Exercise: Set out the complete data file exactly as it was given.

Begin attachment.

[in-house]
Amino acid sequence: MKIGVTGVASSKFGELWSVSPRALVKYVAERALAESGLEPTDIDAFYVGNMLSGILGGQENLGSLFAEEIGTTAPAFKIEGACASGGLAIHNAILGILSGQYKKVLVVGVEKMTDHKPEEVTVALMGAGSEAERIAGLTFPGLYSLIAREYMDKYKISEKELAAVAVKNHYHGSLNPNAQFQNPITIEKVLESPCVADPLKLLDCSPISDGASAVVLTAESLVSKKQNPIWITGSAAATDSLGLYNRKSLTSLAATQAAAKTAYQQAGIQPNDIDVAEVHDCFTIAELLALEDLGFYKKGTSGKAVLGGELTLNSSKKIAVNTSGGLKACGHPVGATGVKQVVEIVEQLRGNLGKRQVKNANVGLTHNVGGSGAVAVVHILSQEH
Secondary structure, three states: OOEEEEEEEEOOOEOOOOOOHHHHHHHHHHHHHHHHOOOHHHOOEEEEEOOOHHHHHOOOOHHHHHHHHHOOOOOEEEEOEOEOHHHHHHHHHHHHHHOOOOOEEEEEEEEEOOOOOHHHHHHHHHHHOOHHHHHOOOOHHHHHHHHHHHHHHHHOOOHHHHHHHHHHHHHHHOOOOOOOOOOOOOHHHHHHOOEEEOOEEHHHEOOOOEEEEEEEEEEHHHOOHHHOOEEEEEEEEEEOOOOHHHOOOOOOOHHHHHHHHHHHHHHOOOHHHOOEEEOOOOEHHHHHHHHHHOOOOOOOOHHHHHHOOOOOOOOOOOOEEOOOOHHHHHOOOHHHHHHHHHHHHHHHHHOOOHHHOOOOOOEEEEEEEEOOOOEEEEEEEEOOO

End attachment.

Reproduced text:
[in-house]
Amino acid sequence: MKIGVTGVASSKFGELWSVSPRALVKYVAERALAESGLEPTDIDAFYVGNMLSGILGGQENLGSLFAEEIGTTAPAFKIEGACASGGLAIHNAILGILSGQYKKVLVVGVEKMTDHKPEEVTVALMGAGSEAERIAGLTFPGLYSLIAREYMDKYKISEKELAAVAVKNHYHGSLNPNAQFQNPITIEKVLESPCVADPLKLLDCSPISDGASAVVLTAESLVSKKQNPIWITGSAAATDSLGLYNRKSLTSLAATQAAAKTAYQQAGIQPNDIDVAEVHDCFTIAELLALEDLGFYKKGTSGKAVLGGELTLNSSKKIAVNTSGGLKACGHPVGATGVKQVVEIVEQLRGNLGKRQVKNANVGLTHNVGGSGAVAVVHILSQEH
Secondary structure, three states: OOEEEEEEEEOOOEOOOOOOHHHHHHHHHHHHHHHHOOOHHHOOEEEEEOOOHHHHHOOOOHHHHHHHHHOOOOOEEEEOEOEOHHHHHHHHHHHHHHOOOOOEEEEEEEEEOOOOOHHHHHHHHHHHOOHHHHHOOOOHHHHHHHHHHHHHHHHOOOHHHHHHHHHHHHHHHOOOOOOOOOOOOOHHHHHHOOEEEOOEEHHHEOOOOEEEEEEEEEEHHHOOHHHOOEEEEEEEEEEOOOOHHHOOOOOOOHHHHHHHHHHHHHHOOOHHHOOEEEOOOOEHHHHHHHHHHOOOOOOOOHHHHHHOOOOOOOOOOOOEEOOOOHHHHHOOOHHHHHHHHHHHHHHHHHOOOHHHOOOOOOEEEEEEEEOOOOEEEEEEEEOOO